In My Shoes... Minna Parikka Heels
I like to describe myself as a shoe aficionado… well that is I USED to be one… since I became a mum a couple of years ago, my passion for shoes has taken a back seat. Now instead of putting on those beautiful shoes that sit in my wardrobe, I go for the comfortable options – the well-worn sneakers, the relaxed Toms, the pumps with a hole in the sole that always leak and yet I keep putting them on because they are the easy option or the Uggs where my toe has come through the top…
All the while, my beloved sparkly heels stay firmly in the wardrobe, alongside those blingy sandals I love, the velvet mules I could dance all night in, my one and only pair of Manolos, my wedding day Jimmy Choos, those Chanel pumps I saved up for, my Prada leather boots I practically queued all night for in the Brown Thomas sale, all sit there collecting dust.
Sad. Lonely. Forgotten.
I open the wardrobe and look at them longingly for a moment remembering when I could take my time to get ready and chose just the right shoe for the right outfit. I’ve always loved shoes. I think for me, the thing about shoes is that once you reach a certain age, your shoes size doesn’t change. You can walk into any shop and just ask for your size knowing that it should fit. Unlike my waistline that fluctuated over my life, leaving me feeling good and bad in equal measure, my feet were the one constant. They gave me a way to express myself without drawing attention to my body shape I struggled with for most of my life.
Shoes are more than just shoes. For me, every shoe in my wardrobe has a story behind. There was a conscious reason why it was bought. Shoes to me are as much about being something beautiful to look at than where I was going to wear it too. I look at a shoe and I can remember, where it was bought, for what occasion, why I loved it etc. They are like a scrapbook of my life in many ways… well that is my life before I became a mum.
So as I stand there momentarily wishing I was back in my Manolo’s, even though truth be told, I could hardly walk in them, I then hear my toddler calling me, needing Mammy. I look down at my stain filled jeans and baggy top and sigh as I close the wardrobe and say goodbye to Niamh and go back to being a mum who has zero time to spend on her own appearance or interests any more.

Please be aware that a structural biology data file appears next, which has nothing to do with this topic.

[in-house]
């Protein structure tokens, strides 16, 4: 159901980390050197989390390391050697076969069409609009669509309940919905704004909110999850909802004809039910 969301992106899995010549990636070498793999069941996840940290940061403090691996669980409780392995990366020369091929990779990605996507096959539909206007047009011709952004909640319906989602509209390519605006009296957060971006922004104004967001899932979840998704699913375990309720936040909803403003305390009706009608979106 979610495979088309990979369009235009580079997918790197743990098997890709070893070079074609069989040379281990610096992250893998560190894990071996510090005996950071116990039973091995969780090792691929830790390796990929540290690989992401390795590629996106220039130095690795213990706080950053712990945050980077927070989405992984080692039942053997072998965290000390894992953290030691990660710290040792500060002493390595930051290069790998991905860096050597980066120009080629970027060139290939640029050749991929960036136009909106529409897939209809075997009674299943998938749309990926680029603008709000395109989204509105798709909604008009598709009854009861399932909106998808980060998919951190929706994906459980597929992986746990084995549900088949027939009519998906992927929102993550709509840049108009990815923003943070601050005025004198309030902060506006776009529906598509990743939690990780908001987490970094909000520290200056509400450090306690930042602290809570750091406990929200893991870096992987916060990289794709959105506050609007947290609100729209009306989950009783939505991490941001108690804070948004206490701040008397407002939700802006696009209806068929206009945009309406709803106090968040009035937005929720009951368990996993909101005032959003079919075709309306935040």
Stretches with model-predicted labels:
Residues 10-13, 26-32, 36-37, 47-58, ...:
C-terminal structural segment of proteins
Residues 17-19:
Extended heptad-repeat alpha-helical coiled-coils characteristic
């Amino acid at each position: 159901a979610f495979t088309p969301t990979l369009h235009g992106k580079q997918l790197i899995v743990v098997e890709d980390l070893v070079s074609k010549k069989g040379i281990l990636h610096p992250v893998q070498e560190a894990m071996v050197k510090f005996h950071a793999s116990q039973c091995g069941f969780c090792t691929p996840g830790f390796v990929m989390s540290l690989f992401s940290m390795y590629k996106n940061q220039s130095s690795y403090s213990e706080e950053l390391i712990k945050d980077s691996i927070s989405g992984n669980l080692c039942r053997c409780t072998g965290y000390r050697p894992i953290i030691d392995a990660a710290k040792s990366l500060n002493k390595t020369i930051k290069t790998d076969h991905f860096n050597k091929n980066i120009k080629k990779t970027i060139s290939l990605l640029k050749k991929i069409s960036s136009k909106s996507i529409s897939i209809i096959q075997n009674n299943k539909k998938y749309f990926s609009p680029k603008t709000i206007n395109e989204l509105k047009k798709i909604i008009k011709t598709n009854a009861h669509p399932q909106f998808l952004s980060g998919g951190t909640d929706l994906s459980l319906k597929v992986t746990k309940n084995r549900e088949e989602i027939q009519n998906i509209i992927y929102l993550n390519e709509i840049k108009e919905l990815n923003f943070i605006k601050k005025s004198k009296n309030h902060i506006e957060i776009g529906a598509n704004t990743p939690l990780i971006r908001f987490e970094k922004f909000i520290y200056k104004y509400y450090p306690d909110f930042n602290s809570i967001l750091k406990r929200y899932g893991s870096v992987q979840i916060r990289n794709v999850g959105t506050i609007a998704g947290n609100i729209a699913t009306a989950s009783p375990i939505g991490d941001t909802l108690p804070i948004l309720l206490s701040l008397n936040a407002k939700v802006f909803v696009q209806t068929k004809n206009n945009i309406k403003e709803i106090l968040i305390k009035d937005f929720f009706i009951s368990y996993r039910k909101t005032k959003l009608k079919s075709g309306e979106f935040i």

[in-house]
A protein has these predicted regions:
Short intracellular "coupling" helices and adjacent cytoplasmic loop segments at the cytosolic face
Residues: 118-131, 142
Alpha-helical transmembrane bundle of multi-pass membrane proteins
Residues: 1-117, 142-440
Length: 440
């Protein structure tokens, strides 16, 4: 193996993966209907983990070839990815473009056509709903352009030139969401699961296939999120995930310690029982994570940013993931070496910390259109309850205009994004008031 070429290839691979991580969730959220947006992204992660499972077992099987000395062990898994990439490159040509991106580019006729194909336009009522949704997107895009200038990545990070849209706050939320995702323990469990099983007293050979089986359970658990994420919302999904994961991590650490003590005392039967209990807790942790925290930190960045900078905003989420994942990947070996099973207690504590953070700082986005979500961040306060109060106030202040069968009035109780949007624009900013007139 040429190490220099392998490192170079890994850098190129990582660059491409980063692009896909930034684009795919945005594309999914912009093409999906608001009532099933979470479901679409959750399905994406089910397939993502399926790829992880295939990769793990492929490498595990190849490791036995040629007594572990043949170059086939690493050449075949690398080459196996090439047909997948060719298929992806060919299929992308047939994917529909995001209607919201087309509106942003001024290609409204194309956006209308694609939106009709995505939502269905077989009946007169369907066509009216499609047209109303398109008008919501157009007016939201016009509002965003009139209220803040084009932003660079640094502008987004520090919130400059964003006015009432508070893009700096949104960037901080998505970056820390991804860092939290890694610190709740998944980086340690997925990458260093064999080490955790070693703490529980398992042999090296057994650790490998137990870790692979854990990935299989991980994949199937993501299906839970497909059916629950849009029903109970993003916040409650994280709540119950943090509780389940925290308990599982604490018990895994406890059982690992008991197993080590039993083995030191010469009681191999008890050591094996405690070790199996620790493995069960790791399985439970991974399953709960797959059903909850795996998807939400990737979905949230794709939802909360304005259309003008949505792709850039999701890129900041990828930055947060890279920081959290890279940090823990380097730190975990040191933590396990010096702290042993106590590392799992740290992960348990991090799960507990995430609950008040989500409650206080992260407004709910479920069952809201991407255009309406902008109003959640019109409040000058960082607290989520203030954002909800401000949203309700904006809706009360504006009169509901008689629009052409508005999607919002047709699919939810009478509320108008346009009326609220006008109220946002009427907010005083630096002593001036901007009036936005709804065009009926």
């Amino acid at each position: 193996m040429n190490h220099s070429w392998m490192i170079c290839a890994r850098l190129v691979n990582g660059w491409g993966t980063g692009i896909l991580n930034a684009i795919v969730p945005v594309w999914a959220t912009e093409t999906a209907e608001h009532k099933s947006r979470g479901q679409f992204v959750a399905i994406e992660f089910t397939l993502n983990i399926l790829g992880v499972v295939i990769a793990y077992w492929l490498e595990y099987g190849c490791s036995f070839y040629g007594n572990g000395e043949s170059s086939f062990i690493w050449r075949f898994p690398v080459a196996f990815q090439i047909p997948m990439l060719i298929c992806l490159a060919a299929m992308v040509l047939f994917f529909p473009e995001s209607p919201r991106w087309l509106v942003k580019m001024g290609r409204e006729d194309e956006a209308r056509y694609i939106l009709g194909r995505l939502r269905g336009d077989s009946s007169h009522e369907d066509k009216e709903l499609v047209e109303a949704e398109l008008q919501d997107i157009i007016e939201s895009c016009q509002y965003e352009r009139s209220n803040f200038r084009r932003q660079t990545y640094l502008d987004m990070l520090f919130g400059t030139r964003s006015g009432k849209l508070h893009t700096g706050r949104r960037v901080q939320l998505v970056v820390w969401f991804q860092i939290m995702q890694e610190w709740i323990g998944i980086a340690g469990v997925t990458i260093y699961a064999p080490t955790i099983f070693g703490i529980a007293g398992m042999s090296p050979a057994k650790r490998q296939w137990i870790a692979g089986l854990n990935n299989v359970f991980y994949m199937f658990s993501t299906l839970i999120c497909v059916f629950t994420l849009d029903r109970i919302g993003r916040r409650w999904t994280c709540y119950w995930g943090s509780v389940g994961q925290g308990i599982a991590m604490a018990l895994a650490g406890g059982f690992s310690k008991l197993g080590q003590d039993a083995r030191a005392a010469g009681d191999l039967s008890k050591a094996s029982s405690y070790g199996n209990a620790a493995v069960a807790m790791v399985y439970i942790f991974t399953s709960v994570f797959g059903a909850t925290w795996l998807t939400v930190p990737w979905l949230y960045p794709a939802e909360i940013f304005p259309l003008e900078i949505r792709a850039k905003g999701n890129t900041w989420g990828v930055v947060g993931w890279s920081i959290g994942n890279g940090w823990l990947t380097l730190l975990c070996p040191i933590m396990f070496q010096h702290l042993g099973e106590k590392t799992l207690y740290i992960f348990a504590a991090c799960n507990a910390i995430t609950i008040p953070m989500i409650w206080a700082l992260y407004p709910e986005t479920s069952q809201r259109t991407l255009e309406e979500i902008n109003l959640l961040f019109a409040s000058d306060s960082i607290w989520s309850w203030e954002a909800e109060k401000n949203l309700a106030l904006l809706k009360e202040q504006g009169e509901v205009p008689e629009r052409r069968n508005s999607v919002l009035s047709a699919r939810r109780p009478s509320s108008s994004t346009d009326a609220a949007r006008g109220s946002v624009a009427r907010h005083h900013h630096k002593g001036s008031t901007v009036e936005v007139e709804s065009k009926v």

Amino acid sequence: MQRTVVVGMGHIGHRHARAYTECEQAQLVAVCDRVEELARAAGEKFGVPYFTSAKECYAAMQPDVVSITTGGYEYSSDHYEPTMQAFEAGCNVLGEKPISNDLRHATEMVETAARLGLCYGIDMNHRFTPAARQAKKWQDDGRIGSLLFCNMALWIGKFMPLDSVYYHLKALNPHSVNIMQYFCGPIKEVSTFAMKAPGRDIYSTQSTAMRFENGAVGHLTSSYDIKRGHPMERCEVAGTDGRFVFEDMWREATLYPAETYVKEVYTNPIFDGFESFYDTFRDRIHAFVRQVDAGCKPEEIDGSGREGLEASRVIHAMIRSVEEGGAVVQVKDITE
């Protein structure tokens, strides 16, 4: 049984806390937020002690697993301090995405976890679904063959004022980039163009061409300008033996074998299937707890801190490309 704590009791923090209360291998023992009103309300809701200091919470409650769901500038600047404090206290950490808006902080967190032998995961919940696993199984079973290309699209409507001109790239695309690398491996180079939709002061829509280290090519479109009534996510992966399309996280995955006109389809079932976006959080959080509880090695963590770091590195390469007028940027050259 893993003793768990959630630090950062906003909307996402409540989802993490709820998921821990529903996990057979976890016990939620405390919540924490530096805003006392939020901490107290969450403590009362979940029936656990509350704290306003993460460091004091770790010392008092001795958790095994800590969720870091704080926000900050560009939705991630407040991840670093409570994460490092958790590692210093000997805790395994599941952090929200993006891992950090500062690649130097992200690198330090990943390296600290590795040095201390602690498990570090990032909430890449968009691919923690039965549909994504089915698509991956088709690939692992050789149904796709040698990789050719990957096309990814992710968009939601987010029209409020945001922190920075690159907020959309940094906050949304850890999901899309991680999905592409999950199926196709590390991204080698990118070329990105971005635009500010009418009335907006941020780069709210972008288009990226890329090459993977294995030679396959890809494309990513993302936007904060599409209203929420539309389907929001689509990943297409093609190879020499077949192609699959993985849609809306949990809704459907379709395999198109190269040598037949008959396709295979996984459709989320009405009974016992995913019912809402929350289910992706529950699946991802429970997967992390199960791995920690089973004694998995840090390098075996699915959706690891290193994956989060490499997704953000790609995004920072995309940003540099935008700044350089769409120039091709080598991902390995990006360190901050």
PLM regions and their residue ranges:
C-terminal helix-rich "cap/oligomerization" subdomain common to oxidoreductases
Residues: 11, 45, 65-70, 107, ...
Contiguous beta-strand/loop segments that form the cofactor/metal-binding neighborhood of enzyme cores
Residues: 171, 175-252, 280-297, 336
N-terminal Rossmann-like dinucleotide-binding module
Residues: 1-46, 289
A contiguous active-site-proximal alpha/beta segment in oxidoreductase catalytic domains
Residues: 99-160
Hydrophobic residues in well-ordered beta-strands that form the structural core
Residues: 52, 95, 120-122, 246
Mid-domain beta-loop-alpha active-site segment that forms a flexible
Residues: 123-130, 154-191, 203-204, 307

Shoes have very much taken a back seat, like a lot of my other passions I don’t get to indulge in.
I’ve come to realise that my shoes mirror the loss of identity I felt when I became a mum for the first time. I no longer got to express myself through my shoes, instead going for the less elaborate, easier, more comfortable options because I was tired, in a hurry or just so preoccupied with my child, I didn’t give my footwear a second thought, in fact shoes were the last thing on my mind.
But today, I’ve decided to do something about that. From now on, I’m going to go through my beloved shoes once a week, take out a pair and share the story behind them… I might just pop them on too and walk around the house, much to my toddler’s bemusement, I’m sure.
I’m doing it, to remind me of those days before I was mammy, and to remind myself that while I know it’s full on mayhem at the moment, there will come a day when I get to step back into my sparkly shoes once again and while, some days, especially on those hard days it may not seem like it, there is life outside of being a mammy and not only is that important, it is key to keeping yourself sane.
First up are these really pretty, retro style Minna Parikka coral heels, I picked up in London in 2010! Yes how is that NINE years ago? It was mine and my now husbands first holiday together and I came across these in a small boutique in Covent Garden and snapped them up. As you can see I wore them quite a bit, but I couldn’t tell you the last time there were on my feet! I look at them now and they remind me of those early days of a relationship, the butterflies in the stomach, the dates, the meals out, the spending ages getting ready, the holding hands, the getting to know you, the laughing, the kissing and the burgeoning affection, that grew into something much more.